Volvo Expects a Slower 2017

October 21, 2016, 10:10 AM UTC
Volvo Group Test Autonomous FMX Truck At Boliden Mine
A Volvo Autonomous FMX self-driving truck, manufactured by Volvo Group, drives through underground tunnels, at Kristineberg mine in the Boliden area in Arvidsjaur, Sweden, on Friday, Sept. 2, 2016. The Autonomous FMX is equipped with LiDAR light radar sensors and GPS technology to create 3D maps of the vehicle's surroundings enabling it to navigate its way through tunnels. Photographer: Krister Soerboe/Bloomberg via Getty Images
Krister Soerboe — Bloomberg via Getty Images

Swedish truckmaker Volvo forecast lower heavy-duty truck markets on both sides of the Atlantic next year after reporting a surprise rise in profitability in the third quarter despite a slide in sales.

Volvo, (VOLVY) a rival of Germany’s Daimler and Volkswagen’s Scania and MAN, said on Friday it expected industry-wide truck sales to fall by about 5% in Europe and 10% in North America.

European truck sales have been robust for most of last year and this as higher freight volumes prompted companies to invest in aging fleets after holding back during a prolonged economic downturn in many parts of the region.

Volvo CEO Martin Lundstedt pointed to two factors behind the expected cooling of demand in Europe.

“One effect is a softening UK following Brexit, and also that we see that the average vehicle age is coming down so the overswing that we have had in replacement will come down,” he said. “But it is still a market on good levels.”

In North America, however, demand has been less buoyant after peaking early last year, with sales of heavy-duty vehicles tumbling as the industry seeks to address overcapacity and scale back inventories amid weaker freight rates.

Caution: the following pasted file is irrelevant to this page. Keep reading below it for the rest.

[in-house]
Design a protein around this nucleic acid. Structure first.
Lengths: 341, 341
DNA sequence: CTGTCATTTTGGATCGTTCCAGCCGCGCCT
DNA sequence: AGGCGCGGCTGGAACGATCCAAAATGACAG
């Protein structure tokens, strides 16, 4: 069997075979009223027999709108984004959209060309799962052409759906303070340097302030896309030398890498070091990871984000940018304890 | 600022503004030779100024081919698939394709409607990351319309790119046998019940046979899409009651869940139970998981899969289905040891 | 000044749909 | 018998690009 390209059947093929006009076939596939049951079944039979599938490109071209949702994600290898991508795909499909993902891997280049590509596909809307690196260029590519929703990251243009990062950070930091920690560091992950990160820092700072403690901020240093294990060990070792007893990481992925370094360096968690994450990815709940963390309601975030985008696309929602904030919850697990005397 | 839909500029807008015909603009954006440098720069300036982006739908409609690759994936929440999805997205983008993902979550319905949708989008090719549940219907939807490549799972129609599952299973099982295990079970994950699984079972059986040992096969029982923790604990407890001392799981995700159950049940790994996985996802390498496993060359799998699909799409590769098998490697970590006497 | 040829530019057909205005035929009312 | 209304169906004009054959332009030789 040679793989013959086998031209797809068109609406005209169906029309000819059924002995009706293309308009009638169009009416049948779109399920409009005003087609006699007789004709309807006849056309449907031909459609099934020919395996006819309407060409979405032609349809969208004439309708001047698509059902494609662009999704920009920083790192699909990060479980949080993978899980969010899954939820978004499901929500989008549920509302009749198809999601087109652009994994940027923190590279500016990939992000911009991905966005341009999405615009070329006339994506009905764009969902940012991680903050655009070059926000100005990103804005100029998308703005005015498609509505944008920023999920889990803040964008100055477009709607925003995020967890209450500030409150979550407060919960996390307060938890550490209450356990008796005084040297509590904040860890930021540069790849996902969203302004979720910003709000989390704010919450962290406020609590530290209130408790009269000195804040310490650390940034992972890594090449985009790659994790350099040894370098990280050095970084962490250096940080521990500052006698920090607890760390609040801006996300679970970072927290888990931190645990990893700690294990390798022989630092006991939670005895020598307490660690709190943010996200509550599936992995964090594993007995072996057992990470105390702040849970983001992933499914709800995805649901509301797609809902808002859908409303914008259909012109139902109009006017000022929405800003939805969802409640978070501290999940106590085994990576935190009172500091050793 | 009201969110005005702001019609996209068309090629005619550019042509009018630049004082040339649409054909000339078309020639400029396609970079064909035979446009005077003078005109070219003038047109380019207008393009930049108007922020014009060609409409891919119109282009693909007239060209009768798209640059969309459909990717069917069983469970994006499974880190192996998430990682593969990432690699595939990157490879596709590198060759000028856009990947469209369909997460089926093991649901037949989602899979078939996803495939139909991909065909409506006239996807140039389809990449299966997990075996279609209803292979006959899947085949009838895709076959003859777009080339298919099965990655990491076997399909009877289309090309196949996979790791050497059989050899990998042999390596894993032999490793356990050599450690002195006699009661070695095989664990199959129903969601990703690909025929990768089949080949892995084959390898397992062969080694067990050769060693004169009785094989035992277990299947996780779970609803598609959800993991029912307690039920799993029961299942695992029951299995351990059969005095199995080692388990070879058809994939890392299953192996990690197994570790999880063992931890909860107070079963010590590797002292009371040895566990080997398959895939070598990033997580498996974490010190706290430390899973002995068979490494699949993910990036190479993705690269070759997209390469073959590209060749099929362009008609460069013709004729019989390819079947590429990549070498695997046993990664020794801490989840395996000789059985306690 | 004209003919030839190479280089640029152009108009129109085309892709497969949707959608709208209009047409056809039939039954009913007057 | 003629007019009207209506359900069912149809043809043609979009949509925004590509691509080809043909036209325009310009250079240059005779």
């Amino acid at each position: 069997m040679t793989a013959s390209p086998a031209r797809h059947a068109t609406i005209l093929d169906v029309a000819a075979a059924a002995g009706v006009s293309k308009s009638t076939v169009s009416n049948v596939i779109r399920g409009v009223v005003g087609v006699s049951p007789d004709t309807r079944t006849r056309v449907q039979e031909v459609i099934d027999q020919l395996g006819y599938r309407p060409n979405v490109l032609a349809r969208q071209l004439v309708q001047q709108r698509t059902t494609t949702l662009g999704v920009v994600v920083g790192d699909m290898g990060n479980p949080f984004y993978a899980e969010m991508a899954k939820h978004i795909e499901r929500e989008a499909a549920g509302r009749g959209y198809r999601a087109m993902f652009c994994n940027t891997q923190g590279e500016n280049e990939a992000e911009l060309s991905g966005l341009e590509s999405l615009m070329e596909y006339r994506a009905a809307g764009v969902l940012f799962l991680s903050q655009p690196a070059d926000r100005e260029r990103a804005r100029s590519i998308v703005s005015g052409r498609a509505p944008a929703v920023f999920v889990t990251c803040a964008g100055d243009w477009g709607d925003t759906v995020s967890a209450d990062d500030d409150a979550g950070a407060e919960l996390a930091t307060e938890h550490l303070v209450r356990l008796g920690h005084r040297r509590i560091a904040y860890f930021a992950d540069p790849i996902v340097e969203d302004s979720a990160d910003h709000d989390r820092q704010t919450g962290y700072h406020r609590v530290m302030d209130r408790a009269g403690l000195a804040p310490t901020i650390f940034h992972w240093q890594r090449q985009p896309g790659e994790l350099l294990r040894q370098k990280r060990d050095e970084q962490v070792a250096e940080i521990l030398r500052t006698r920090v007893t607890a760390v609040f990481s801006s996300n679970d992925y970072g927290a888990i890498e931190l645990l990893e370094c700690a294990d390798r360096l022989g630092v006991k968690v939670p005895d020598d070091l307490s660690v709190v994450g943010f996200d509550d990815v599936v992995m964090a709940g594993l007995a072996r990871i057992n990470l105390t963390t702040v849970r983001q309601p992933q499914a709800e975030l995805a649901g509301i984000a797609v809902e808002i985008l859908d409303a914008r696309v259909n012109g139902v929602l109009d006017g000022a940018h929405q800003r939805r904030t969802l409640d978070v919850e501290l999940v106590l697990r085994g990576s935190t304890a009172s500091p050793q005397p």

Volvo shares, which have gained more than 20% this year, were down 1.5% by 09:03 GMT compared with a broadly flat STOXX Europe 600 Industrial Goods & Services Index.

Volvo’s adjusted operating earnings fell to 4.85 billion crowns ($545.3 million) from 5.09 billion, roughly in line with the average forecast of 4.83 billion in a Reuters poll of analysts.

Still, Volvo showed its years of cost-cutting under Lundstedt’s predecessor were paying off, reporting a rise in profitability for its trucks business despite a double-digit fall in sales volumes due to the downturn in the United States.

Sweden’s biggest listed company by revenue said its overall adjusted operating margin inched up to 7.0% from 6.9% while for trucks alone it jumped to 8.2% from 7.2%, well ahead of the 7.1% expected by analysts.

“The major take-away is really that they have slammed the brakes on production a lot during the quarter in North America to cut inventories, but are still generating an operating margin above 8% in trucks,” Handelsbanken Capital Markets analyst Hampus Engellau said.

Volvo, whose brands also include Mack, Renault and UD Trucks, said orders fell 7% in the third quarter, slightly better than an 8% decline expected by analysts. Besides trucks, the company makes buses, construction equipment and engines.

Rival Daimler (DDAIF) said on Friday that falling demand for trucks in North America and a slump in sales in markets such as Brazil had forced it to lower its full-year revenue forecast.